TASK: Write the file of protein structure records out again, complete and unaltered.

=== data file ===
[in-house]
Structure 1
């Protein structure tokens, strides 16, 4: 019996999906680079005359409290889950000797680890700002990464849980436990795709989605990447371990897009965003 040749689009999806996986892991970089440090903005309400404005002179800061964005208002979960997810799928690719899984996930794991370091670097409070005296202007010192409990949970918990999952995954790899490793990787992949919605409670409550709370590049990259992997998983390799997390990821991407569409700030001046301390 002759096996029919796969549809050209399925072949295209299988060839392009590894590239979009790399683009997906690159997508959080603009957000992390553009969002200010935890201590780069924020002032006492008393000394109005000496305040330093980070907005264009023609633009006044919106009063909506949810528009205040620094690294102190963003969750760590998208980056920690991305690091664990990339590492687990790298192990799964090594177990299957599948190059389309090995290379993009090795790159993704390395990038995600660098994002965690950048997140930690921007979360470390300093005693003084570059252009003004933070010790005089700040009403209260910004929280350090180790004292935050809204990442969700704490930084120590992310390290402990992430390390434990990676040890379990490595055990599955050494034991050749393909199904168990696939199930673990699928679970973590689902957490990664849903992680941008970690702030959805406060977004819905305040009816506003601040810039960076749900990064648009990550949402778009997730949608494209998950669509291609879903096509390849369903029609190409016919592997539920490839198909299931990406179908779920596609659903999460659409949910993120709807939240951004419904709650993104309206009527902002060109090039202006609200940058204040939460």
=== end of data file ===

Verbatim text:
[in-house]
Structure 1
């Protein structure tokens, strides 16, 4: 019996999906680079005359409290889950000797680890700002990464849980436990795709989605990447371990897009965003 040749689009999806996986892991970089440090903005309400404005002179800061964005208002979960997810799928690719899984996930794991370091670097409070005296202007010192409990949970918990999952995954790899490793990787992949919605409670409550709370590049990259992997998983390799997390990821991407569409700030001046301390 002759096996029919796969549809050209399925072949295209299988060839392009590894590239979009790399683009997906690159997508959080603009957000992390553009969002200010935890201590780069924020002032006492008393000394109005000496305040330093980070907005264009023609633009006044919106009063909506949810528009205040620094690294102190963003969750760590998208980056920690991305690091664990990339590492687990790298192990799964090594177990299957599948190059389309090995290379993009090795790159993704390395990038995600660098994002965690950048997140930690921007979360470390300093005693003084570059252009003004933070010790005089700040009403209260910004929280350090180790004292935050809204990442969700704490930084120590992310390290402990992430390390434990990676040890379990490595055990599955050494034991050749393909199904168990696939199930673990699928679970973590689902957490990664849903992680941008970690702030959805406060977004819905305040009816506003601040810039960076749900990064648009990550949402778009997730949608494209998950669509291609879903096509390849369903029609190409016919592997539920490839198909299931990406179908779920596609659903999460659409949910993120709807939240951004419904709650993104309206009527902002060109090039202006609200940058204040939460």